Milk Allergy

Overview

Who gets a milk allergy?

In this article, milk refers specifically to cow’s milk and not to other types of milk such as soymilk, rice milk, goat’s milk, etc., unless otherwise specified.

Milk is one of the most common food allergens. An allergen is a food that causes an allergic reaction, such as hives, swelling, and trouble breathing. Although a milk allergy occurs most often in young children, it can appear at any age. The allergic reaction can be triggered by milk-containing foods that had been previously eaten without any problems.

A milk allergy can develop in both formula-fed and breastfed infants. Some infants have a type of cow’s milk allergy commonly referred to as “cow’s milk protein allergy,” which causes blood in the stool. Other infants have an allergic reaction that includes immediate symptoms, such as hives and vomiting. In both cases, many infants will outgrow the symptoms during childhood.

A milk allergy is not the same thing as lactose intolerance. Lactose intolerance is the inability to digest lactose, a sugar found in many dairy products. This leads to bloating and diarrhea after eating or drinking lactose-containing foods. Lactose intolerance is uncommon in infants and young children and is more common in adults.

Symptoms and Causes

What are the symptoms of a milk allergy?

Allergic reactions to foods usually begin within minutes of eating the allergen-containing food though may occur up to 2-3 hours after ingestion. The severity of symptoms can vary widely from one person to another. Mild symptoms may include itching and a few hives while a severe allergic reaction may include life-threatening symptoms, such as difficulty breathing and a sudden drop in blood pressure. The symptoms of an allergic reaction may include any or several of the following:

Other things to keep in mind if you or a loves one has milk allergy:

  • Many people allergic to cow’s milk may not tolerate milk from other mammals, such as milk of goats or sheep.
  • Less commonly, some people with cow’s milk allergy may have a reaction after eating beef.
  • History of a mild reaction does not mean a subsequent reaction will also be mild.
  • History of a severe reaction does place you at risk for a subsequent severe reaction.

Your doctor can make recommendations on alternatives to milk-based on your child’s age.

Diagnosis and Tests

How is milk allergy diagnosed?

Your doctor will use one or more of the following methods to diagnose a milk allergy:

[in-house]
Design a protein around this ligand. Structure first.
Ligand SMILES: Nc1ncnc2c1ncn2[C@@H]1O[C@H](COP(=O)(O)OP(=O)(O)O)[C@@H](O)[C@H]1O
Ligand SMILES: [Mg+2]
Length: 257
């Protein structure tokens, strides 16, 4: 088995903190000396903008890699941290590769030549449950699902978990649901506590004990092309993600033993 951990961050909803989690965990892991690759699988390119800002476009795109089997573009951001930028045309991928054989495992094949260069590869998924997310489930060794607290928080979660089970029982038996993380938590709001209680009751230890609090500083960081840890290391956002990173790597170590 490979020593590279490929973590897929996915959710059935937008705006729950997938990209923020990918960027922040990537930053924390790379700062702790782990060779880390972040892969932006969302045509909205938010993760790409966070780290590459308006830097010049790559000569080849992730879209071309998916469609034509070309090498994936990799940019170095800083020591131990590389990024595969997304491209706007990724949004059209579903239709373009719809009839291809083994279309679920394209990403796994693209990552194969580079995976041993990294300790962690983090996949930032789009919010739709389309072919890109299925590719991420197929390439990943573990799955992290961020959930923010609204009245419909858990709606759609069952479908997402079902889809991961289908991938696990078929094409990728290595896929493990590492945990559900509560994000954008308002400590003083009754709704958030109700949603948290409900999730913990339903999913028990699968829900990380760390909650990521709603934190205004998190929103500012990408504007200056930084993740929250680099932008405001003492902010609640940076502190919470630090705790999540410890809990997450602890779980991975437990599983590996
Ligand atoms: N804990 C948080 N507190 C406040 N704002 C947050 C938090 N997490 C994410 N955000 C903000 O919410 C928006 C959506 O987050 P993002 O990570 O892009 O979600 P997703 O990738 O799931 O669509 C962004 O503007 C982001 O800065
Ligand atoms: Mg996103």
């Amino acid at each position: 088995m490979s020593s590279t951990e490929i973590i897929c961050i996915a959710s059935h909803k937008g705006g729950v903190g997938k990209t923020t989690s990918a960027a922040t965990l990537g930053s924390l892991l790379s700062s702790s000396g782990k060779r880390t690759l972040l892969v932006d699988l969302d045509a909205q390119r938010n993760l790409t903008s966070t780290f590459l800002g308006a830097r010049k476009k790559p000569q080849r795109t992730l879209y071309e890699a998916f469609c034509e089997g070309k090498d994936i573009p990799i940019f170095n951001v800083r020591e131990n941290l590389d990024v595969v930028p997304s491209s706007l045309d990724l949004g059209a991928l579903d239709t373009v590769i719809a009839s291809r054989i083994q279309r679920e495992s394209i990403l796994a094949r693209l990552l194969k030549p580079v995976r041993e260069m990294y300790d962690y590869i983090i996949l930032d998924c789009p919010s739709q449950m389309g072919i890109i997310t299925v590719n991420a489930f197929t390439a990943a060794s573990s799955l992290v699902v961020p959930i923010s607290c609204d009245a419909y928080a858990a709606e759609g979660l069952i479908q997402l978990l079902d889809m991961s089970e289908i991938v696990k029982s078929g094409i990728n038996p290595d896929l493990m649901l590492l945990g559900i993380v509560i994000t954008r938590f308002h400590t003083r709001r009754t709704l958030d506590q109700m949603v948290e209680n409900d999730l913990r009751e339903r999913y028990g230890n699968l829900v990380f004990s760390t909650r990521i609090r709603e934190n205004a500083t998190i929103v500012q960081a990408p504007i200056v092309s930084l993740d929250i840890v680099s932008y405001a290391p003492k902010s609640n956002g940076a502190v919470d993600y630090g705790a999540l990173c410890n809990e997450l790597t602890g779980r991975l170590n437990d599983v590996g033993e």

• Medical history: Your doctor will ask questions about your general health and the health of your family, including whether or not your family members have food allergies and what happens when you eat or drink something containing milk.
  • Skin prick test (also called a scratch or puncture test): Your doctor will put a solution containing the allergen on your skin and then scratch or prick the skin to let the solution enter. A small bump will form if you are at risk of being allergic to the allergen.
  • Blood test: Your blood will be examined for something called immunoglobulin E (IgE) antibodies. These antibodies are what cause your body to react against substances that it sees as harmful.
  • Feeding test (or oral food challenge): The goal of this test is to confirm or rule out a food allergy, and it is usually performed after skin and/or blood testing has been performed. This test entails you eating the food in question under the supervision of an allergist. Allergic reactions usually happen within 30 minutes up to 3 hours. Healthcare providers will treat a reaction should one occur. This test should only be performed under the guidance of an allergy specialist.

Management and Treatment

How do you avoid exposure if you have a milk allergy?

If you have a milk allergy, strict avoidance of milk is the only way to prevent an allergic reaction. The Food and Drug Administration (FDA) requires food manufacturers to list common food allergens on food labels in plain terms to make it easier to identify the food allergens. Food labels must clearly list eight allergens which account for almost 90% of all food allergies: cow’s milk, soy, wheat, egg, peanut, tree nuts, fish, and shellfish.